We are interested in cell autonomous innate immunity, i.e. in the ability of individual cells to defend themselves against infection.
Cytosolic defence against bacterial invasion
The mammalian cytosol is rich in nutrients but can be colonized by specialized bacteria only. We therefore wish to understand i) how cells succeed in defending their cytosol against most invasion attempts and ii) how professional cytosol dwelling bacteria outwit cellular defences. We are particularly interested in danger receptors that detect breaches in cellular integrity, and in the ubiquitin system that marks invading bacteria as cargo for autophagy receptors.
Regulation of NF-κB and IRF signalling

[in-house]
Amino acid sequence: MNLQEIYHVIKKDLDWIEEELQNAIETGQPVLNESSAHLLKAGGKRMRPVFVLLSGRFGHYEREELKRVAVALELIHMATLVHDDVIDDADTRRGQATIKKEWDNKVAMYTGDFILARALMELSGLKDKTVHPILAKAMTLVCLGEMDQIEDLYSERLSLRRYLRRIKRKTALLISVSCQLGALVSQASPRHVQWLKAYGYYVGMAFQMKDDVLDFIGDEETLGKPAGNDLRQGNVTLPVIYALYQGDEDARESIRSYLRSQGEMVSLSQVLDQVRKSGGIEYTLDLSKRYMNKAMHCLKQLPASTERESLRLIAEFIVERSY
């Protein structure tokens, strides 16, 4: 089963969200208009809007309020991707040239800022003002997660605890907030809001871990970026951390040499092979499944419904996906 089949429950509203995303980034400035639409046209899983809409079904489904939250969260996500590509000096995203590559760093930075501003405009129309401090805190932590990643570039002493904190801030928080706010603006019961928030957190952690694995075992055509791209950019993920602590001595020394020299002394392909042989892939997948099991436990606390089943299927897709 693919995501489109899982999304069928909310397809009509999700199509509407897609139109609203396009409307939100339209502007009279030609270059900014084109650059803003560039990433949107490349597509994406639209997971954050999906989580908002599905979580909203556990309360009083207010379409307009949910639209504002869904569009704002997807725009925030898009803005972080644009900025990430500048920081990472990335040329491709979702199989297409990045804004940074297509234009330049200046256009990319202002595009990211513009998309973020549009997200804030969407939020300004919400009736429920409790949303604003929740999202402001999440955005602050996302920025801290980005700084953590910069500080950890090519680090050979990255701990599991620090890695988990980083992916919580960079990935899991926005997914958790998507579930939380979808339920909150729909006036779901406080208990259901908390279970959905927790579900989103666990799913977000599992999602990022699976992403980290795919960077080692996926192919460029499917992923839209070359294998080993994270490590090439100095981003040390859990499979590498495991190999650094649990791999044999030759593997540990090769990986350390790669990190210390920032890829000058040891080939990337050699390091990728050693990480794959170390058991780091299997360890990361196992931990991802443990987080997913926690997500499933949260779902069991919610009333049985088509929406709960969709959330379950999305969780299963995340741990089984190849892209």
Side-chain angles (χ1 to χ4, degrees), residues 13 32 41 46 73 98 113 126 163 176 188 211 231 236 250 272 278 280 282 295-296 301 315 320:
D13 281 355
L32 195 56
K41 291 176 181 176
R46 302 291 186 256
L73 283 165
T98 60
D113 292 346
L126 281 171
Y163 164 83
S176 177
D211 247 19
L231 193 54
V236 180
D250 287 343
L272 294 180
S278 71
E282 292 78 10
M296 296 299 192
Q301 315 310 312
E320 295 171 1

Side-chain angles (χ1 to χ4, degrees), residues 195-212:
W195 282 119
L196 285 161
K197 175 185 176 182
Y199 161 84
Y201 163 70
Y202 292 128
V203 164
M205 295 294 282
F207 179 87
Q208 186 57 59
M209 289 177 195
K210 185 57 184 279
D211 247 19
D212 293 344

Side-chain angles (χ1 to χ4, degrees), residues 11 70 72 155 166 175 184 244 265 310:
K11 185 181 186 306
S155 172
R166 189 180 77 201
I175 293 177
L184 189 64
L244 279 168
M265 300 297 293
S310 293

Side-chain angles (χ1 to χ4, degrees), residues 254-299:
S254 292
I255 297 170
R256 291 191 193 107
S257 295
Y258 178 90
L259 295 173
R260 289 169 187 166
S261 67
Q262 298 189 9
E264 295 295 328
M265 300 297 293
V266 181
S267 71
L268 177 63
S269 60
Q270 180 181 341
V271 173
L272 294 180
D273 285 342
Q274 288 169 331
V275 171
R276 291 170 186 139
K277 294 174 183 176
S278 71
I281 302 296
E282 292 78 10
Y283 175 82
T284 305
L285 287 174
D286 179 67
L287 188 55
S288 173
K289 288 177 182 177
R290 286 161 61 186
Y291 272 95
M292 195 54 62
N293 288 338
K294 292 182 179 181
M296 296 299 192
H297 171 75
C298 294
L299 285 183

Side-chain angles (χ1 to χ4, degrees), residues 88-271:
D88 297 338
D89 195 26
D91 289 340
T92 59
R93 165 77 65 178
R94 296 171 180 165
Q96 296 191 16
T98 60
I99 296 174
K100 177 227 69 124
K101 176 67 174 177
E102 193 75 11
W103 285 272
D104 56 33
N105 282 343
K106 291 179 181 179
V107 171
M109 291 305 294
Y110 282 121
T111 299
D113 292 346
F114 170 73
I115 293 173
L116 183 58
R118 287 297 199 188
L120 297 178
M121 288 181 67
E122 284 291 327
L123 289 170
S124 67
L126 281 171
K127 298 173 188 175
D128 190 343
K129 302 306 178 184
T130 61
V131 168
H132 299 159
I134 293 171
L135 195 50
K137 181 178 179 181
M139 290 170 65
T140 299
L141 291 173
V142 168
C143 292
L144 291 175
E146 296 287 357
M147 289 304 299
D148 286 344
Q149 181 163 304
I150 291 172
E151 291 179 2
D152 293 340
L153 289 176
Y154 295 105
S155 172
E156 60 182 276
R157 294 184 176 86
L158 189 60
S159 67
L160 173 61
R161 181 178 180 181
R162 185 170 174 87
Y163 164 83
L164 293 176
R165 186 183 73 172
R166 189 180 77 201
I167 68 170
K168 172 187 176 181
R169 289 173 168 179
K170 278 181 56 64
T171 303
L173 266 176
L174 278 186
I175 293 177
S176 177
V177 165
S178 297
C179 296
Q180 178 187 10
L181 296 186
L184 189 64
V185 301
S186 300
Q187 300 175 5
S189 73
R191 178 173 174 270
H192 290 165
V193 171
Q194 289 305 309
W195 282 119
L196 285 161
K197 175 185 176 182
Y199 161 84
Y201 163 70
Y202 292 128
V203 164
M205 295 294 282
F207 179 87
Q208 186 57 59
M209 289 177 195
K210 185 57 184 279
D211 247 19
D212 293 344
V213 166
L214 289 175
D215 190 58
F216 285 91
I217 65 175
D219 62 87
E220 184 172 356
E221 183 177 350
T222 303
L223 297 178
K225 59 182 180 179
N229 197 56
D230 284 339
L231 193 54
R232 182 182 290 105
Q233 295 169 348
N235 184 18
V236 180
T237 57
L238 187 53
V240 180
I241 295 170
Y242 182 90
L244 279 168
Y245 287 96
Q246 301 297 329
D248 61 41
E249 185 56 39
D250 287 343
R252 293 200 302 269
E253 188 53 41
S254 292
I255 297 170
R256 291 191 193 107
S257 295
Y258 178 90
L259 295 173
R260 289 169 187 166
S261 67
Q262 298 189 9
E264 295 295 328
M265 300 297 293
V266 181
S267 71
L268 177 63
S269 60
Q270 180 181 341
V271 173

The defence against pathogens requires profound changes in gene expression that are coordinated by latent transcription factors of the NF-kB and IRF families. We aim to understand how infection activates NF-κB and IRF signalling.
Somatic cell genetics
The genetic analysis of somatic cell lines holds significant potential for our understanding of signal transduction and other cell autonomous traits. We use haploid cells, CRISPR technology, and chemical mutagenesis to isolate genes governing the interaction between pathogens and host cells.